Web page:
Universal tracking ID input
Ensure you input the correct information to send your data to your GA! There are two ways to achieve this goal.
- You can get the Google Analytics tracking ID by going into Admin > Property Settings > Tracking ID. With the override setting enabled, input the Tracking ID.
- Or you can create a custom static variable that will always contain your UAID.
When using GTM, you will encounter two types of variables, Built-in variables and user-defined variables.
Built-in variables automatically detect variables in your code and provide predefined values. They include various common variable types, such as clicks or pages. However, sometimes a website won’t meet the GTM minimum requirements, so you’ll need to create custom variables to detect the correct elements. We recommend starting with the Click, Form, and History variables.
User-defined variables can hold any value you choose, a number, a list of URLs, or a string found in an element. For example, you can create a GA container variable to hold the GA ID associated with your analytics account. This is a great way to keep your ID handy when creating tags.
Triggers are used to start an action; they will fire commands to the pageview tag according to the manipulated variables.
Under Tag Configuration, click on the Trigger field. A menu will appear asking you to choose a trigger. Use the + icon to create a new trigger.
At this point, you will need to choose the trigger type; it could be Dom ready, page view, or window loaded.
If you select page view, select all page views so that it can trigger an action on every page, not just one specific page. Finish it off by clicking the save button.
How to test and debug your tags?
Testing the tag
You test your tag for errors and code bugs to ensure it is working.
To preview your work, click on the Preview button in the top right corner. Next, open your site in a new window. You will now see a box appear at the bottom like the Chrome developer tools.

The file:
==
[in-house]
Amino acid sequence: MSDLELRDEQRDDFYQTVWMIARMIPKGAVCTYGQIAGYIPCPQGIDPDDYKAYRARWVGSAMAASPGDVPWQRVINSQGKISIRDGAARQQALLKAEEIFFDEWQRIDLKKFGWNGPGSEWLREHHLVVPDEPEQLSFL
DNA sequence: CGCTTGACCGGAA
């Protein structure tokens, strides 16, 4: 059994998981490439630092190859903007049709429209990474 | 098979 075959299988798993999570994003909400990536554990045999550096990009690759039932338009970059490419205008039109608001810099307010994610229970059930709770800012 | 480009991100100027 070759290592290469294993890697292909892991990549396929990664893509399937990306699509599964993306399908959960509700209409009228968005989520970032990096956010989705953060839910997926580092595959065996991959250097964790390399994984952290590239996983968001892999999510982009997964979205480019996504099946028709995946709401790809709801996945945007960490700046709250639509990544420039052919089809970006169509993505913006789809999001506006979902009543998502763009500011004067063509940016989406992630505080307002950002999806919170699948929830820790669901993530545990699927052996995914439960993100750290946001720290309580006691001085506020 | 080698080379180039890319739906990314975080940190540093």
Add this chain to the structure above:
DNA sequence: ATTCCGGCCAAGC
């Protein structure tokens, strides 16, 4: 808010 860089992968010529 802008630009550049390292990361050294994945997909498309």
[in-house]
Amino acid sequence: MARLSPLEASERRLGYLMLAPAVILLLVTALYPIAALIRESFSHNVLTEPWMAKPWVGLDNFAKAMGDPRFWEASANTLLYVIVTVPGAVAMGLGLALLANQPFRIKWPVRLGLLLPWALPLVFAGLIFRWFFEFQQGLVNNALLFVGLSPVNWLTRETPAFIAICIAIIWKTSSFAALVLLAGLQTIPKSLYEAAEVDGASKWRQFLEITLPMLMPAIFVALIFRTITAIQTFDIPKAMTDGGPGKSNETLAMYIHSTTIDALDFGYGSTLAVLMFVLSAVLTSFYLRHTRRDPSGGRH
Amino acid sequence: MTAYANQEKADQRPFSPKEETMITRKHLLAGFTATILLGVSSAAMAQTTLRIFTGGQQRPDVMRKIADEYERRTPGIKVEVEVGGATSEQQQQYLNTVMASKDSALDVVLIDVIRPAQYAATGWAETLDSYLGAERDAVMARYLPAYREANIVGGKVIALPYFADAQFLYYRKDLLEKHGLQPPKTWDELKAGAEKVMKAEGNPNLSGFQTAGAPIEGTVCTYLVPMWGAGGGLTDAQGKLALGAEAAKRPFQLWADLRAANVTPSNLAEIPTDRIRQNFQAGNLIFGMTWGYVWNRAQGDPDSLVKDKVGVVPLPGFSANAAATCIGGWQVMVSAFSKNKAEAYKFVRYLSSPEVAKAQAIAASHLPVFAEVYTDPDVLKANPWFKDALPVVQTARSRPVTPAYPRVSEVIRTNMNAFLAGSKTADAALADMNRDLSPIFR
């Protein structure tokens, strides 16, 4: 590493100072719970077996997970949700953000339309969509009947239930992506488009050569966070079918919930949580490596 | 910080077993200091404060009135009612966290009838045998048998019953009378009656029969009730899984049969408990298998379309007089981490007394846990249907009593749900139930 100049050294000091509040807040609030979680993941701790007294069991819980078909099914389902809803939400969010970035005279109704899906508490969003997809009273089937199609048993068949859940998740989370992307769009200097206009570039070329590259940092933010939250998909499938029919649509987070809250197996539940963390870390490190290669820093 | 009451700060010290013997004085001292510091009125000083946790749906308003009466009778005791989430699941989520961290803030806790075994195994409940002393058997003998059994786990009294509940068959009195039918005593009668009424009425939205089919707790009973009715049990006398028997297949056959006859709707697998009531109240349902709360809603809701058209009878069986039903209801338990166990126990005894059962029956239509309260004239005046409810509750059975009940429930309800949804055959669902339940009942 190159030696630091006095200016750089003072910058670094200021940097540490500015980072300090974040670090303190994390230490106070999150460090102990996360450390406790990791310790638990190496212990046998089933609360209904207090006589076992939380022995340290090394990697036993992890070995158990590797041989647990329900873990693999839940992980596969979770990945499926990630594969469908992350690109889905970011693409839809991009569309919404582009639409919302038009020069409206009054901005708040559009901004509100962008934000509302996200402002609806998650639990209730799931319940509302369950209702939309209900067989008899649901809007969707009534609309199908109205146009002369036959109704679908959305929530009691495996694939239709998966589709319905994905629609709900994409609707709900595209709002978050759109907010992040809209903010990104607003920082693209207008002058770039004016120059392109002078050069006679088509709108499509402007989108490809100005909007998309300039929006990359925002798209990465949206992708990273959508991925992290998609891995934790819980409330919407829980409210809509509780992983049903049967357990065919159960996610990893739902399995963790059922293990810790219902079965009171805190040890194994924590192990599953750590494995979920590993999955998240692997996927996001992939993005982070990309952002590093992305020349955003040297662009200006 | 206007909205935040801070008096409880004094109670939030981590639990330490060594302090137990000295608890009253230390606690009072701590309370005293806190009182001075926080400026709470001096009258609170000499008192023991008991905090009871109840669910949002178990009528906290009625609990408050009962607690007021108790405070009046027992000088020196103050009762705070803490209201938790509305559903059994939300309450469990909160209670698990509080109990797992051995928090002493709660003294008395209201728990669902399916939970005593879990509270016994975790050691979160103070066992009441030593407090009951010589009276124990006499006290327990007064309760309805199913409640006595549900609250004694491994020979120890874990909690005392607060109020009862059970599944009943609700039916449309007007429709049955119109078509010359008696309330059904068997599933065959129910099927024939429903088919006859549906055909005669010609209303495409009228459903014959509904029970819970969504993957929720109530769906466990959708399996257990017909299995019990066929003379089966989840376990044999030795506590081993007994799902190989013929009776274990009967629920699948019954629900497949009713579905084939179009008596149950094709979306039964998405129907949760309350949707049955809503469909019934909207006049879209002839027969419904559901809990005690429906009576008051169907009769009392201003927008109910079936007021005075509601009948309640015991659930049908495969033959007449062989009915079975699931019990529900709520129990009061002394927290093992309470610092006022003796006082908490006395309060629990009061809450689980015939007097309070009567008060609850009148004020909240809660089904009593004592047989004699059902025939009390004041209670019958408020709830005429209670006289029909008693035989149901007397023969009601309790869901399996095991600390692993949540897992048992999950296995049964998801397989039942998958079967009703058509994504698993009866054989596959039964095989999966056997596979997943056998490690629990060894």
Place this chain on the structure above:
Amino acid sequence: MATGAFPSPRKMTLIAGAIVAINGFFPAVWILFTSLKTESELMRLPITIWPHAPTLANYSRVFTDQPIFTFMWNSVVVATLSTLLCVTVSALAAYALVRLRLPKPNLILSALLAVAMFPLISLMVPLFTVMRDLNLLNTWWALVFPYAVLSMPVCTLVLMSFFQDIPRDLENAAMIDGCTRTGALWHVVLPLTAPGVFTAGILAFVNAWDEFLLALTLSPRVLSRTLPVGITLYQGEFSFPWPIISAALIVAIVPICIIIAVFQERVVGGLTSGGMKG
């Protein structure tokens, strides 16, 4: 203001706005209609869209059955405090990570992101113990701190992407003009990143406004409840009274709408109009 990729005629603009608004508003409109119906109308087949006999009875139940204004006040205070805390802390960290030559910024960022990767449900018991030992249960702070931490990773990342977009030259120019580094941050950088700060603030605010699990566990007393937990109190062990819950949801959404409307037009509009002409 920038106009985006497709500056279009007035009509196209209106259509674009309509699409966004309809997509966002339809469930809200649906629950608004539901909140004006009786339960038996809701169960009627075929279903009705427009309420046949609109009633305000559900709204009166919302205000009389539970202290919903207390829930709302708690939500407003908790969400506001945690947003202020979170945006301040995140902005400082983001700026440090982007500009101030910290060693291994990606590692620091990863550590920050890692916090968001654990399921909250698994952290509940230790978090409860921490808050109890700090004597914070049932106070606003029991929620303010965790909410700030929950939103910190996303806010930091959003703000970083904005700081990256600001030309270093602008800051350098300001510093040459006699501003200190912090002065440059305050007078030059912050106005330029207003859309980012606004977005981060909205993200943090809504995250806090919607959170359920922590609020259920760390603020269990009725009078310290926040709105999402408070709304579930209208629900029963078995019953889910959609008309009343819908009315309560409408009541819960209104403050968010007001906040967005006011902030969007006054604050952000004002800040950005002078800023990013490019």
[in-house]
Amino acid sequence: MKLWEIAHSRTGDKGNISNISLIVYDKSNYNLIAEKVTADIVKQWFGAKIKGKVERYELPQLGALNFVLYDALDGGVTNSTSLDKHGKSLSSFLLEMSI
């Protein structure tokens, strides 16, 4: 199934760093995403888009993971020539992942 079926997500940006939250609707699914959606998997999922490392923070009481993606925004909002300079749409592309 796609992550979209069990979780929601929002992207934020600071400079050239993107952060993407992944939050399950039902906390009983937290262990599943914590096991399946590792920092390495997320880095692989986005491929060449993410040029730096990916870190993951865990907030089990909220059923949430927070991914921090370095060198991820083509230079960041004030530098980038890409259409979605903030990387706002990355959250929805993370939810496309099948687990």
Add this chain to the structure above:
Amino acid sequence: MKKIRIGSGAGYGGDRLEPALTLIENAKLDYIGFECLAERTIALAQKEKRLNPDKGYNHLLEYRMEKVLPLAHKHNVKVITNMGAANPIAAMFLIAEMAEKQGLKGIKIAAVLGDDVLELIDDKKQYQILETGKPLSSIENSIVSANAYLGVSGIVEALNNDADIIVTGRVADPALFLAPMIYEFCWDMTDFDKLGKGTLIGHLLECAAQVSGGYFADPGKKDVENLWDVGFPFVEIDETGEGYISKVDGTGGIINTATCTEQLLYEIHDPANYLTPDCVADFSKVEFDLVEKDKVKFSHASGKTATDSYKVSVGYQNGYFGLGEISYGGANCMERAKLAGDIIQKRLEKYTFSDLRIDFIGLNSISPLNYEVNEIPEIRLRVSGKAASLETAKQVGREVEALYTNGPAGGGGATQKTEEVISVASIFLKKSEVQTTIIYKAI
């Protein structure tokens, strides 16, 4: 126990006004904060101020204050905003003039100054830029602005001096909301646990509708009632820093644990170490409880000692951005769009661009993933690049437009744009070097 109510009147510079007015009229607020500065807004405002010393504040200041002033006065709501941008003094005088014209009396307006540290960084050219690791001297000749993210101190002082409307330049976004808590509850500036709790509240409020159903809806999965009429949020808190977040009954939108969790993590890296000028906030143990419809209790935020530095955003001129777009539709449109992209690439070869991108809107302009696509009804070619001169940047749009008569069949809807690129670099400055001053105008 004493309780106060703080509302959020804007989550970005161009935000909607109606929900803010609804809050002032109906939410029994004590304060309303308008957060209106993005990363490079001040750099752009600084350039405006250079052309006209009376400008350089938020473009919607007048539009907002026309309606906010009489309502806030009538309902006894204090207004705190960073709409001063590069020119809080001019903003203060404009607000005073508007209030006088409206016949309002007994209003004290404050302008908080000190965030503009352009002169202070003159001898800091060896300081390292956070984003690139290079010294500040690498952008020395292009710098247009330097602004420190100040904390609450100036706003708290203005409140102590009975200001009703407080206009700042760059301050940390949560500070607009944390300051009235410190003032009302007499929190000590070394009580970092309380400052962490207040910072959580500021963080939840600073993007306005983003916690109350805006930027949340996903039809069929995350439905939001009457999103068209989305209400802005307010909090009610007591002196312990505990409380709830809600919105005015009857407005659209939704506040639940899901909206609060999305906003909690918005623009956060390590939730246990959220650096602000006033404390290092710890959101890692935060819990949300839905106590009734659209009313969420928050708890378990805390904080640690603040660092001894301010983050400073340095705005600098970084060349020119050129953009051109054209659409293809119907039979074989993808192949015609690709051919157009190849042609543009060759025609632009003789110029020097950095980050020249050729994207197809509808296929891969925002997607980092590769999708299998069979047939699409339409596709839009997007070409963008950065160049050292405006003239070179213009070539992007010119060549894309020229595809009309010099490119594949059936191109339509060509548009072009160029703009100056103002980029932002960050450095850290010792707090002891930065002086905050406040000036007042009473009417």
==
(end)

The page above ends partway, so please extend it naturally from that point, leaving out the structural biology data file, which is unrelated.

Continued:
Check the summary of events loaded onto the page on the left-hand side, in this order: message, message, pageview, DOM ready.
By default, you can see every tag used on the page, whether it was fired or not. On the page, the preview box updates with all the triggered tags and the variables associated with the interacted elements.
For example, when the ‘Submit’ button is clicked on the home page, we see in the left summary that the GTM form submit event has loaded. By clicking on the Variables section, we can see the variables and their values associated with the ‘Submit’ button.
It is essential to test the tag to ensure it is sending data to GA and firing; this should be done before the site is live; you can see if the tag is firing by loading the page.
You can click on the tag in the summary and view the firing triggers if, for some reason, your tag is not firing. A red X will appear next to the filter if any part of the trigger is not applied.
Publishing the tag
After testing, you can now publish the tag. At first, you have to submit by clicking the upper right-hand submit button on the main interface.
Name the container and description based on what the tag does, just to let others know about any changes you might have made.
Keeping an eye on your tag even after publishing would be best to ensure the triggers are firing only to the defined conditions.
As you can see, there are many things to consider when using GTM on a website. However, once you get the hang of it, GTM can be an extremely effective tool for managing your website’s content and driving traffic to it.
Now that you understand the basics of tags, triggers, and variables, you’re well on your way to becoming a GTM pro! Just keep in mind that it is always better to keep things simple for quick editing and modification. Creating clear and descriptive tags, triggers, and variables makes using the container a more understandable experience for you and your team.
We mentioned at the start that using GTM may be complicated for someone unfamiliar with coding and web development. If you find the task of creating and managing tags too daunting, reach out to the Adcore experts. We would be happy to help you get started using GTM on your website.